Bleeding is a form of segregation in which a layer of water migrates to the surface of the grout during the initial stage of cement hydration process. Later on, some of the floating water is re-absorbed into the grout due to further hydration reactions. Even without the problem of bleeding, there is a total reduction of volume of grout after hydration action when compared with the total initial individual volume of cement and reacted water. Bleeding tests should be carried out for grout because of the following reasons:
(i) During bleeding, the upflow of water from grout mixture leads to the formation of channel paths inside the grout mix. These channels act as potential paths for aggressive materials to pass through as these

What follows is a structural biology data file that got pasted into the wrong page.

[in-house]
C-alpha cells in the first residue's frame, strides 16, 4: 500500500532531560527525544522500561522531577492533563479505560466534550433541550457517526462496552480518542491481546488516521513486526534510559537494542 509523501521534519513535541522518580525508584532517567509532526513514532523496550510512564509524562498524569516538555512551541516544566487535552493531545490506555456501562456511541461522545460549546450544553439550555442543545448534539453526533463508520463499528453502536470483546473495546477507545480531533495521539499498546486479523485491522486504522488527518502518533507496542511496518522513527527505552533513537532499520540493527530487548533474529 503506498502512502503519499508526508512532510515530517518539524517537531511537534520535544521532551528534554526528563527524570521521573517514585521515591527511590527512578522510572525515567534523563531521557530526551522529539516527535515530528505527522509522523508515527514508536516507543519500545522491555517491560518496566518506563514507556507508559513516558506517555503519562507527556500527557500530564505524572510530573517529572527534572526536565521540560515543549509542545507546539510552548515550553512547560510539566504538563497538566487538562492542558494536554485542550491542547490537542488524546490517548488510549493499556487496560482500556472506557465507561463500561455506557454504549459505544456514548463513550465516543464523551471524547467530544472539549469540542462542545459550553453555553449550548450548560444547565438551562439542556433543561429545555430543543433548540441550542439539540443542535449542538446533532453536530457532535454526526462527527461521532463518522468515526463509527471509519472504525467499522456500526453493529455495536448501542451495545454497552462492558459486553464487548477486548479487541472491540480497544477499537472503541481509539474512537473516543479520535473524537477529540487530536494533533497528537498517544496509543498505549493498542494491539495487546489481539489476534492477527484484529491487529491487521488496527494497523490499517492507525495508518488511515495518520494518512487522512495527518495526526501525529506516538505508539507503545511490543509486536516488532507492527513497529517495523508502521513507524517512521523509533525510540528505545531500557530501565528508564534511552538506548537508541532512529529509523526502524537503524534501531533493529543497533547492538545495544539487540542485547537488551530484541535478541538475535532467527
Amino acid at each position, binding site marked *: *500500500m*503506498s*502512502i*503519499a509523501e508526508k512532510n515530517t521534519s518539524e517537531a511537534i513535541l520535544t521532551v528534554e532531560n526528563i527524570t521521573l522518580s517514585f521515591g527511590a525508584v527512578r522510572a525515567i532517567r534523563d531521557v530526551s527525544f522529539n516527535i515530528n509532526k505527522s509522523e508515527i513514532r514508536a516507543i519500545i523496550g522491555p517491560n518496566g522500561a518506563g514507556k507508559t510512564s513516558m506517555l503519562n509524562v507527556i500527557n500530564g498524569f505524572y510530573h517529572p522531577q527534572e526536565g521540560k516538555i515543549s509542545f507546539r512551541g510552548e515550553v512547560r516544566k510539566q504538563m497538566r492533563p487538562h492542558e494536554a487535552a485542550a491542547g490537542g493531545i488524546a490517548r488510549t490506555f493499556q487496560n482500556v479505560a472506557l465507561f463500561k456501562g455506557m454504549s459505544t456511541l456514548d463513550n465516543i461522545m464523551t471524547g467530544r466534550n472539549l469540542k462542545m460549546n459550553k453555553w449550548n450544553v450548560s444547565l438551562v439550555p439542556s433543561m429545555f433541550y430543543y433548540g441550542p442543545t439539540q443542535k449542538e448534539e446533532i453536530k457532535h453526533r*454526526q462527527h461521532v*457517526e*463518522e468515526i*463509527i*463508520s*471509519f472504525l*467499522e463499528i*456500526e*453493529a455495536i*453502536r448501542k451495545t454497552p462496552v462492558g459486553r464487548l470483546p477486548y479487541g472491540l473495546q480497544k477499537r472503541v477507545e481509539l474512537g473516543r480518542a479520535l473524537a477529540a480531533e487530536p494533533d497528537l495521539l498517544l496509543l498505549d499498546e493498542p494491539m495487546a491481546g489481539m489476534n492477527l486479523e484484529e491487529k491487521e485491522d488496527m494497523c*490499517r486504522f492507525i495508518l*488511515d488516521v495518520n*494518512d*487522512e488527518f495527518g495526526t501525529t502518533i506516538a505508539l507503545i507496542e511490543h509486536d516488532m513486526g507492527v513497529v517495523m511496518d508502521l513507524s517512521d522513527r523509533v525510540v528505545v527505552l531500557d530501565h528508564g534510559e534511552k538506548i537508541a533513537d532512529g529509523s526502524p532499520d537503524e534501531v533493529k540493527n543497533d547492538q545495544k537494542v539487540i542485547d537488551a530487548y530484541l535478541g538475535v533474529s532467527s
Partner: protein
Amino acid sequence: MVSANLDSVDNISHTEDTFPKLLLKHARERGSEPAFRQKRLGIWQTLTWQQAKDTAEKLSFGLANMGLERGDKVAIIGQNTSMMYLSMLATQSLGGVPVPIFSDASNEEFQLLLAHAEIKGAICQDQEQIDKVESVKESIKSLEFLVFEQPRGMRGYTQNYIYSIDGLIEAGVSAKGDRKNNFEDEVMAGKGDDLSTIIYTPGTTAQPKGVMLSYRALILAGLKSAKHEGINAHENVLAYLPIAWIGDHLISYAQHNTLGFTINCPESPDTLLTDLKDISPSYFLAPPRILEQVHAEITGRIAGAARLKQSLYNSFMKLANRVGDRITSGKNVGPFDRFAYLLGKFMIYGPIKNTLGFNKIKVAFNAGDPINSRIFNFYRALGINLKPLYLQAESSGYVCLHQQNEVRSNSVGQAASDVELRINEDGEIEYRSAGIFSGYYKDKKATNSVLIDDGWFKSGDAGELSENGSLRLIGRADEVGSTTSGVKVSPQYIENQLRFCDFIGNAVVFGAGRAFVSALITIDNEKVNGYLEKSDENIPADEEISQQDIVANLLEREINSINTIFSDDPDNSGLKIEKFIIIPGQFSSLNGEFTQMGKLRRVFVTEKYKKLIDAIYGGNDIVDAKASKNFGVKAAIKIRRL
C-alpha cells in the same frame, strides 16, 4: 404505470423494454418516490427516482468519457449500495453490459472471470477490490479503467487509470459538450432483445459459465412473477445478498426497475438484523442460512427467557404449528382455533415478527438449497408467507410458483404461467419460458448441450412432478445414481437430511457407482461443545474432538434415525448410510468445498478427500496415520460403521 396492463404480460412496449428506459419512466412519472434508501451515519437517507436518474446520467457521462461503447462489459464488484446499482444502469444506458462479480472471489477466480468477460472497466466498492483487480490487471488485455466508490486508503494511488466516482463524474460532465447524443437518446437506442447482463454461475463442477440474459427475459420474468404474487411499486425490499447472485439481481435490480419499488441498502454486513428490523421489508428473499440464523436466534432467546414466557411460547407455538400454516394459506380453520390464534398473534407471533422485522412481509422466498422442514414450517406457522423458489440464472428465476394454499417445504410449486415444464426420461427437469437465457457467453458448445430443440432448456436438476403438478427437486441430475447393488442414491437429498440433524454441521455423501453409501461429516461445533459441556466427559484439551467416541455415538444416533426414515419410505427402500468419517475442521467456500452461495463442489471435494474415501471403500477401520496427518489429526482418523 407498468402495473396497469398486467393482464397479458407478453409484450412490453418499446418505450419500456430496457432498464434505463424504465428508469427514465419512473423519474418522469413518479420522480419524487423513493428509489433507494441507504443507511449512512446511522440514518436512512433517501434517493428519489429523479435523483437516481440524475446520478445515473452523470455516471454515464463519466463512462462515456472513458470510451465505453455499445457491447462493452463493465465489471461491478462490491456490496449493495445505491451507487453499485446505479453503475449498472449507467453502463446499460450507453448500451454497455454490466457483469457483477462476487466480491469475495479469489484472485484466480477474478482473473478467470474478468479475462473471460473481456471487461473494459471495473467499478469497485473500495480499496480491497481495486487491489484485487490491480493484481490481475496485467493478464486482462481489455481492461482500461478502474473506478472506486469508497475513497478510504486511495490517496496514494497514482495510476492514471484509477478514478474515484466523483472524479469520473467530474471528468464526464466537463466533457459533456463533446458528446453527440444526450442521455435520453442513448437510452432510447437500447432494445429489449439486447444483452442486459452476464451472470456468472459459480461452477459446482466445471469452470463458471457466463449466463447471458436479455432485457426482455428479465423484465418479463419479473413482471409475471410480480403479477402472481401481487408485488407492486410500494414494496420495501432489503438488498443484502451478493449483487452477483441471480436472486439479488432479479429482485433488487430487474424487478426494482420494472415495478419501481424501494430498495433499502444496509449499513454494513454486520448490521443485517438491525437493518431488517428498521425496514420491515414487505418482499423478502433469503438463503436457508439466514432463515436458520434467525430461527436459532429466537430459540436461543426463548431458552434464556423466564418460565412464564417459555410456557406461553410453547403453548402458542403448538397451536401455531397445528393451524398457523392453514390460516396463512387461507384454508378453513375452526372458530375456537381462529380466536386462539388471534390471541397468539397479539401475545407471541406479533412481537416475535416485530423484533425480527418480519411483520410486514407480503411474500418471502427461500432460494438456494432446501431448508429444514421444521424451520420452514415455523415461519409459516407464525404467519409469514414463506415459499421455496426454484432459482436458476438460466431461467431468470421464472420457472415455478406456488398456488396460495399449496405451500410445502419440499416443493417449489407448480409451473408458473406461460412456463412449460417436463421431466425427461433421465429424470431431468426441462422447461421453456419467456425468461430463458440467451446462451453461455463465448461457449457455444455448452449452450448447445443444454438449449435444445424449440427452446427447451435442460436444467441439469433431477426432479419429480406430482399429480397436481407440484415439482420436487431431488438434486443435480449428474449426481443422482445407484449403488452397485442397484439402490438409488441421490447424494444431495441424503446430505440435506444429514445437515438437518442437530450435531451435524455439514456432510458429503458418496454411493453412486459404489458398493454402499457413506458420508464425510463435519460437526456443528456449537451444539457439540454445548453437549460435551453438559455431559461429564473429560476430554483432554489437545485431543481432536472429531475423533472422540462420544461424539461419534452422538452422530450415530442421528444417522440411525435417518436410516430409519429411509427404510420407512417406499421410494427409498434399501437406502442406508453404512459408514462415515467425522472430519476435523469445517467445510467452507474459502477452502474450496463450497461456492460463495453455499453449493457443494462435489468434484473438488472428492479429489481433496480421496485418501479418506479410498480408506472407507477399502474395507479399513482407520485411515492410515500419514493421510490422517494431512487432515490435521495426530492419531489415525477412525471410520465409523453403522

channels would not be closed during further hydration of the grout.
(ii) The loss in volume by bleeding generates voids inside the grout mix which affects the properties and performance of the grout. Moreover, it increases the chance of corrosion of steel elements protected by the grout. (e.g. tendons)
(iii) In bleeding test, there is a usual requirement of total re-absorption of water after 24 hours of grout mixing because for some cold countries, this layer of water may cause severe freezing problem leading to frost damage.
This question is taken from book named – A Self Learning Manual – Mastering Different Fields of Civil Engineering Works (VC-Q-A-Method) by Vincent T. H. CHU.